Art exhibit considers value of drawing


When asked about the value of drawing from observation, printmaking and drawing Professor Steven Foutch replied, “Do you want to learn to see the world with a completely new set of eyes, or not?”

“When you draw something from life, you start to reexamine everything around you,” Foutch said.

He is far from alone in this belief. The current exhibition in the Beatrice M. Haggerty Art Gallery, “Shape-Shifter: Drawing from Observation,” focuses on drawing as a primary medium.

Three drawing courses are required of every art major during the art Core.

“Drawing is the base language of art,” sculpture and drawing professor Philip Shore said.

However, drawing can be much more than merely a preliminary step before the real project. “Shape-Shifter: Drawing from Observation” consists of the work of four artists: Trevor Bennett, Walter Early, Mayuko Gray and Shelby Shadwell, who have absolutely blown away the community of the Art Village.

Bennett’s work focuses on drawing figurines and small sculptures in charcoal. Bennett is also a ceramicist, which translates interestingly into his work. As a ceramicist, he covers his pieces in glaze, which is literally a glass skin designed to cover and coat the outside of fired clay. Bennett was ultimately inspired by this reflective quality.

“The newly glazed surface of the objects [are] far more reflective than that of their original skins,” Bennett said. “ I consider this sheen to be symbolic … the reflection [is] a form of judgment, [because] we stare at the works and they stare back, showing us ourselves.”

Early’s exhibited work depicts various objects through black ink and paper. Early experimented with color for this series, but found that stark black on white was the most successful for what he aimed to accomplish.

“All the subjects depicted are from real encounters, but I wanted to remove as much information as I could and focus on … the interactions of form that caught my eye,” Early said.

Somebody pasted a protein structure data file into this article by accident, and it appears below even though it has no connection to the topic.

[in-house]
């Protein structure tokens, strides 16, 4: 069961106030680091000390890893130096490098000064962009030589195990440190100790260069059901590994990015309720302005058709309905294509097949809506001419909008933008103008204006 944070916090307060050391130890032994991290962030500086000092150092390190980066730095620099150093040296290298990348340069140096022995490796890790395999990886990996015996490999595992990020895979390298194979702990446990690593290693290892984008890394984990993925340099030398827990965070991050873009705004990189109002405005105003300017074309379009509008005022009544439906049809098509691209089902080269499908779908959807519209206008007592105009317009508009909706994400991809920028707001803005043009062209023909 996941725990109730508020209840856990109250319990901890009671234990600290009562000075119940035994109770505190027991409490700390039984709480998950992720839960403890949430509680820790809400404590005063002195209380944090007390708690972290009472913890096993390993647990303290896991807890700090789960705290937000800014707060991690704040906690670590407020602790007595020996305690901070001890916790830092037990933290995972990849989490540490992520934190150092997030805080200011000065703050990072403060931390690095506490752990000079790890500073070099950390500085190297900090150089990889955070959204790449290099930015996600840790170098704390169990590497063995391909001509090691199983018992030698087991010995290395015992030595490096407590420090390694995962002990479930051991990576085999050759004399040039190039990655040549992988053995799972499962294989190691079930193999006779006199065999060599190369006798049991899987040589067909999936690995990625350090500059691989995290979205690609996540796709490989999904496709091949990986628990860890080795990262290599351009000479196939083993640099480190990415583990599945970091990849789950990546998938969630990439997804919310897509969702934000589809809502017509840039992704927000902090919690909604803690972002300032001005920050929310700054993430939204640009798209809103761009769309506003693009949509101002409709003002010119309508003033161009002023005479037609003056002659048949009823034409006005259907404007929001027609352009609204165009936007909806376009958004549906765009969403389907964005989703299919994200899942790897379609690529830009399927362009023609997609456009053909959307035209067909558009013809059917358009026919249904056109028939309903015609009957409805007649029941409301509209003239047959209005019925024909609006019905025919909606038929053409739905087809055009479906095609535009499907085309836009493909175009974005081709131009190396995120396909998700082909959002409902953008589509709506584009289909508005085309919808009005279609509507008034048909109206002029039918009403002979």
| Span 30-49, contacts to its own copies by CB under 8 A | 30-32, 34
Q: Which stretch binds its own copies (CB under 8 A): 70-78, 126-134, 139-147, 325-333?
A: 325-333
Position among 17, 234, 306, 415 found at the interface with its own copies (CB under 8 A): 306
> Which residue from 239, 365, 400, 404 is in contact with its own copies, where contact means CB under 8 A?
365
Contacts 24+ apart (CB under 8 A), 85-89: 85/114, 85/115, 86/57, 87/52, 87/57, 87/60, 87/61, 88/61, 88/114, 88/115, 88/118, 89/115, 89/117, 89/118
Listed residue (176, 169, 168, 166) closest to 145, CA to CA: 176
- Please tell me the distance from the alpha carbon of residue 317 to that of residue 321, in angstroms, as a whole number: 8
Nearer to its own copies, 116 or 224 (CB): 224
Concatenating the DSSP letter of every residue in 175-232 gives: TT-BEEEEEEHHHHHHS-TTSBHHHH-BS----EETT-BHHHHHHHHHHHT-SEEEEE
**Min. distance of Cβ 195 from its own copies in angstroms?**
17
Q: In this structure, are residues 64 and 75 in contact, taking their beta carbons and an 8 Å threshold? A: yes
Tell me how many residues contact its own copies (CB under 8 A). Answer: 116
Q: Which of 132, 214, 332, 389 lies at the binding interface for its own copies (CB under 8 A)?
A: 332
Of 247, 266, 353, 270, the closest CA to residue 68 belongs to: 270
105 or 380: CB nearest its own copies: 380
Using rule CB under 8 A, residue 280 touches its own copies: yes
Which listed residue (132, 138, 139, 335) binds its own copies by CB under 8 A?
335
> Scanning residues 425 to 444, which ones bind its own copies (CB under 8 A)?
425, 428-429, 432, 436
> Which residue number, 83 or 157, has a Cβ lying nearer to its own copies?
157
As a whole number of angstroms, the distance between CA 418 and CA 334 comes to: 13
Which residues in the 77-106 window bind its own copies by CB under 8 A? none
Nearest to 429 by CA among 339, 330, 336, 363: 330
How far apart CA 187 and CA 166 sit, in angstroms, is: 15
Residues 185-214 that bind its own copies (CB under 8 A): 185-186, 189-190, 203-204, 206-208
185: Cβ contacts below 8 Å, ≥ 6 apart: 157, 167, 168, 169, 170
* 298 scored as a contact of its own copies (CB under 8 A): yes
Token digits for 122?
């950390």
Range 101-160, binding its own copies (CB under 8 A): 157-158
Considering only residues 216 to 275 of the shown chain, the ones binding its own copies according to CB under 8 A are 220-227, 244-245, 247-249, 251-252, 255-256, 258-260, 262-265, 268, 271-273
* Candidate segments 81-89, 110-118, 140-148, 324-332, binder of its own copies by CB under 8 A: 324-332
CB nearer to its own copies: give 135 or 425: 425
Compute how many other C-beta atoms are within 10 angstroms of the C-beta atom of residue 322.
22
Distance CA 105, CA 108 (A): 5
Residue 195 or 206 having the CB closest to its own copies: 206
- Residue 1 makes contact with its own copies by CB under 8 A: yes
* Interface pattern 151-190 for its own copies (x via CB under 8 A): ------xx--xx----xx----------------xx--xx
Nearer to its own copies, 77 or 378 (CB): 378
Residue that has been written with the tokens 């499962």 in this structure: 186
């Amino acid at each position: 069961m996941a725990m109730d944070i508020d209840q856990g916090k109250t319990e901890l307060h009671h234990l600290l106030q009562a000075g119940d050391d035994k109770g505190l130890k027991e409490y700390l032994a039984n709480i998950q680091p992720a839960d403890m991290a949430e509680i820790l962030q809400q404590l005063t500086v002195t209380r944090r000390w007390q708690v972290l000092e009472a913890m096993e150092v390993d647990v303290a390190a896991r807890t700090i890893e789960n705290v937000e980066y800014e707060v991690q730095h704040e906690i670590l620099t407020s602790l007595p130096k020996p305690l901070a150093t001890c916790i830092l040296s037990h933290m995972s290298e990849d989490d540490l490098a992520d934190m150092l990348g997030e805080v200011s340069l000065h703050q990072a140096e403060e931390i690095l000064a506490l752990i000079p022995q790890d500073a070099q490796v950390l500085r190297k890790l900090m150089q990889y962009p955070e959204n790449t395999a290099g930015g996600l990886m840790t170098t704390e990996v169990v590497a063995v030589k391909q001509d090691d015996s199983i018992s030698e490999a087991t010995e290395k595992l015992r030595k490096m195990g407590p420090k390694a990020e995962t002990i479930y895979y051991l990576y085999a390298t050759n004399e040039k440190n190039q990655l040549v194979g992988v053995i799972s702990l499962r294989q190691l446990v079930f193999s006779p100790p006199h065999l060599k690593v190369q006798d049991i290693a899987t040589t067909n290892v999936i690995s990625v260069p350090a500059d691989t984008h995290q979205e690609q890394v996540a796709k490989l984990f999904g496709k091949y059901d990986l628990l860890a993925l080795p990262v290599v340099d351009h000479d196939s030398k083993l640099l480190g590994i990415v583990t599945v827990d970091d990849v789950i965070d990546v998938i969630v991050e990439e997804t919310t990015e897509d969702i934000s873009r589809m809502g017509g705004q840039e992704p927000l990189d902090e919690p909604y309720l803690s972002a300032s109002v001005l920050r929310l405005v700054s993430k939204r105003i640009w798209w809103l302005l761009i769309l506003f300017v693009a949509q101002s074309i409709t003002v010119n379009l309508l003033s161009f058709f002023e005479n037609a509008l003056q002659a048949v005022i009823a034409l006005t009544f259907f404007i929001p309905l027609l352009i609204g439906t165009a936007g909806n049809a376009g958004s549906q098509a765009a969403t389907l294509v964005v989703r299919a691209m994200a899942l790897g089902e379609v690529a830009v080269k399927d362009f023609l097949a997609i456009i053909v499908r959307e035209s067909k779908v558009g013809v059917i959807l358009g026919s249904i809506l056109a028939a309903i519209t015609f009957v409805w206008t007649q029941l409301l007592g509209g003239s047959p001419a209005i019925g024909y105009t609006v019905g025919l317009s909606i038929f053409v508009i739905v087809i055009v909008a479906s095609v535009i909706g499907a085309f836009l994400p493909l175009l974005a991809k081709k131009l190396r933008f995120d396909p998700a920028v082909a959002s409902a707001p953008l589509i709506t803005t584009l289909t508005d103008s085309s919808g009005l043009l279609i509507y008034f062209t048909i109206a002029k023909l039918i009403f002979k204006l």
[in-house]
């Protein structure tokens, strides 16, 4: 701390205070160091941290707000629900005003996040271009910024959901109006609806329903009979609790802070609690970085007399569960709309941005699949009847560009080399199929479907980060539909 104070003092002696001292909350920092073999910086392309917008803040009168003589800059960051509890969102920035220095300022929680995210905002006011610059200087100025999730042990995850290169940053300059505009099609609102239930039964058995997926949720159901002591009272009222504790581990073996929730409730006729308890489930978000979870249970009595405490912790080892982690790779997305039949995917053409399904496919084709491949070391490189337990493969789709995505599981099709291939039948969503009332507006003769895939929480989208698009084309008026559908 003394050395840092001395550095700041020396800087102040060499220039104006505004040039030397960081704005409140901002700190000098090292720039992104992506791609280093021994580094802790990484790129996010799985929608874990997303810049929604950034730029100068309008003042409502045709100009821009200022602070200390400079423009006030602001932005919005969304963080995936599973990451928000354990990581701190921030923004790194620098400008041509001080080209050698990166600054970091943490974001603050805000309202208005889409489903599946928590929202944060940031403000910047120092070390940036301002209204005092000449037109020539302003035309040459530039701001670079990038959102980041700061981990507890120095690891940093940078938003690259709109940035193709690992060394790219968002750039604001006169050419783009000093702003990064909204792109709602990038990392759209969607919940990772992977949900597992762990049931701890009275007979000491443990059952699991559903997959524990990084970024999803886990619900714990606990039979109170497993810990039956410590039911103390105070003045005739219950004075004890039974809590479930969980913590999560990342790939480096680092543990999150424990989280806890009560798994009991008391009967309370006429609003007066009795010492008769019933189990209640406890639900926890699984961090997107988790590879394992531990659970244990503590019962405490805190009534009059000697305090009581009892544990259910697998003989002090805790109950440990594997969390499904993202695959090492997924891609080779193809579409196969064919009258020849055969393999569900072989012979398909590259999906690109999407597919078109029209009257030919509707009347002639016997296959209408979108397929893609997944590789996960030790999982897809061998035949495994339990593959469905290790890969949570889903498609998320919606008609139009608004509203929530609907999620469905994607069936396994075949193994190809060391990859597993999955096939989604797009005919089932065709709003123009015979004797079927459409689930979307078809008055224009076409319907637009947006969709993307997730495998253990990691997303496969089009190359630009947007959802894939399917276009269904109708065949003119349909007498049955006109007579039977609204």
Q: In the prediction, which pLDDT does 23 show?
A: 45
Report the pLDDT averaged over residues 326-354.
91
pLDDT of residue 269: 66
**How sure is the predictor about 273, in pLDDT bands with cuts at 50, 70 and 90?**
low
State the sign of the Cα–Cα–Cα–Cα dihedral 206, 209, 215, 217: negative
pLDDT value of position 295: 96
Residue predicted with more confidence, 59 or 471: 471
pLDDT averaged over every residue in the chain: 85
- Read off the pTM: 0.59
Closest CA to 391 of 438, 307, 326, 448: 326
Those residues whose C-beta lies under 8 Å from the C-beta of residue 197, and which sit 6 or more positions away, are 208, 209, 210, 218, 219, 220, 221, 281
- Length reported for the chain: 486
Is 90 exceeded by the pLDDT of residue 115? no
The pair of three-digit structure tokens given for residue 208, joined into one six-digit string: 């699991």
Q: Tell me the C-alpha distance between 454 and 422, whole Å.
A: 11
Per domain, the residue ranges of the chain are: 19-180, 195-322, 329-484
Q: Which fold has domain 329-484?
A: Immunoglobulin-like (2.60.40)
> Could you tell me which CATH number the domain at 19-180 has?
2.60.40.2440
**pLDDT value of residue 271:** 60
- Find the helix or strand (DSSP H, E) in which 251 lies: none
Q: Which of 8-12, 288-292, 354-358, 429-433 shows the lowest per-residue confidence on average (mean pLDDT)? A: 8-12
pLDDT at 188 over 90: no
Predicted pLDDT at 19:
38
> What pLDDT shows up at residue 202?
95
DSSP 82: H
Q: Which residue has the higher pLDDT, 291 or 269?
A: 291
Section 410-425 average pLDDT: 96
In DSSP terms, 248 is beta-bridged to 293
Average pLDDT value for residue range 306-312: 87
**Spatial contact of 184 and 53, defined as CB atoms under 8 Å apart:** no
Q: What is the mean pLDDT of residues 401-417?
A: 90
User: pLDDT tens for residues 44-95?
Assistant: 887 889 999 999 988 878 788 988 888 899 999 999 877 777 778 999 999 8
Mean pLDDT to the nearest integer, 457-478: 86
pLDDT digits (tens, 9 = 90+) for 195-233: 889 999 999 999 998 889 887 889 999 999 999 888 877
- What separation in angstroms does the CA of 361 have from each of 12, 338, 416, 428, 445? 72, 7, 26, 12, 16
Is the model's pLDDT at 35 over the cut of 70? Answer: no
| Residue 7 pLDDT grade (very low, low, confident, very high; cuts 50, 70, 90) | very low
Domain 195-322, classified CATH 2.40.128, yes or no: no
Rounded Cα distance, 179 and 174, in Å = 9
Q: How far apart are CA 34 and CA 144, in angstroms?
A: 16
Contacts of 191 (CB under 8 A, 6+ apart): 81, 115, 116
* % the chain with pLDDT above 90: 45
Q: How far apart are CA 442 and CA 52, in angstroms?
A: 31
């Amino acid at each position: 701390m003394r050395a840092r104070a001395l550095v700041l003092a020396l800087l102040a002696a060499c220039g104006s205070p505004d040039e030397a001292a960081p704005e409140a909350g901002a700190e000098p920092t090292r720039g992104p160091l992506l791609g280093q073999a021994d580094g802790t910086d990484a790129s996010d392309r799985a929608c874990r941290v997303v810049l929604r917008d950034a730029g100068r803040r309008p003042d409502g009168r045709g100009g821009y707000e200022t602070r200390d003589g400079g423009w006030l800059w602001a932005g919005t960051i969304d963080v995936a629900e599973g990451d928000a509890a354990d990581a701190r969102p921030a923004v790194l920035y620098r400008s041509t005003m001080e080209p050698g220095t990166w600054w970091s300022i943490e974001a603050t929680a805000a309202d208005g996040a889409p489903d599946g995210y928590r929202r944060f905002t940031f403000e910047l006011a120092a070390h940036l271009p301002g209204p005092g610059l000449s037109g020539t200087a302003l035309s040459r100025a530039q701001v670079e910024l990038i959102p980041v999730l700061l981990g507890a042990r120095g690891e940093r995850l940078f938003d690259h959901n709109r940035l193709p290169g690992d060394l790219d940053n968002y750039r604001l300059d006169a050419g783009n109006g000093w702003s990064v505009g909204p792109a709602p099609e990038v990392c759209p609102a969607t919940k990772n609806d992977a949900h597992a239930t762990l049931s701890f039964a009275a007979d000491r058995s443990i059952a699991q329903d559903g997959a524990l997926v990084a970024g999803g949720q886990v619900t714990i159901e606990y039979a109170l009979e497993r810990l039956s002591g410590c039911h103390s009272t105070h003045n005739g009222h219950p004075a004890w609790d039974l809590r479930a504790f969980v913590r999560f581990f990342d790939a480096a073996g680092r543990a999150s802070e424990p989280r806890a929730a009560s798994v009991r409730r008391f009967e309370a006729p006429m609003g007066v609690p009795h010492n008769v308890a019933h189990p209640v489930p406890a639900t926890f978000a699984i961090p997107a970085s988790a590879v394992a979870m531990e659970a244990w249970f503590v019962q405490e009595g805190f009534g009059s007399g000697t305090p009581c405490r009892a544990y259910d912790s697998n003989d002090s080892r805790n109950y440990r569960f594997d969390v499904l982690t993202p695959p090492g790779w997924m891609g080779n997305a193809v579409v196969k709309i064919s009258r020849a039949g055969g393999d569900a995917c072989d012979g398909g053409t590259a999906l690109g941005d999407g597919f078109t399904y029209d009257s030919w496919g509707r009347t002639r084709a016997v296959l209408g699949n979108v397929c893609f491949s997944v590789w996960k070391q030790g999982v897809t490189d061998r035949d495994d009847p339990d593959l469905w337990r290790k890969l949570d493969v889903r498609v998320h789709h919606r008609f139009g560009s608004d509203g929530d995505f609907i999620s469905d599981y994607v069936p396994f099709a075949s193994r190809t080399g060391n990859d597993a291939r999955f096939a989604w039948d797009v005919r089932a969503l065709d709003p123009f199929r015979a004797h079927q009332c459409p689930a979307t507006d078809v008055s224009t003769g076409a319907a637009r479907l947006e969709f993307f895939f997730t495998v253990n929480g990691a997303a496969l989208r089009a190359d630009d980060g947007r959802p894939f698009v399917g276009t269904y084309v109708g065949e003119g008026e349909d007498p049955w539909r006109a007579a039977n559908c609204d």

He isolates the forms he depicts from their context and loosely renders them in order to “free these objects from the constraints of specificity and allow them to become archetypes.”

Gray uses graphite and paper to create zen-like compositions that harmoniously combine animals and objects with Japanese calligraphy. Gray previously  focused her work more on the expression of emotion, but now she looks to everyday moments in life as an inspiration. She advises young aspiring artists:

“[Do] not worry about what is popular or what is the trend in the art world, [instead] pursue and make art that is true to yourself,” Gray said.

Shadwell’s work in “Shape-Shifter: Drawing from Observation” utilizes a reductive method to depict subjects like trash bags, spiders, and cockroaches in charcoal. Shadwell says he enjoys making such large scale work.

“You can see it from a much wider perspective in a gallery setting … and it allows [me] to draw with [my] whole body,” Shadwell said. “In some ways [it is] a form of cognitive behavioral therapy [when I] create the things that [I] find monstrous.”

Anyone who has not been able to see “Shape-Shifter: Drawing from Observation” should take advantage of the opportunity and stop by the Beatrice Haggerty M. Gallery this week. This show comes down Nov. 5, but “Sacred Transmitted: A Century of Design from Emil Frei Studio Archives” opens Nov. 9.


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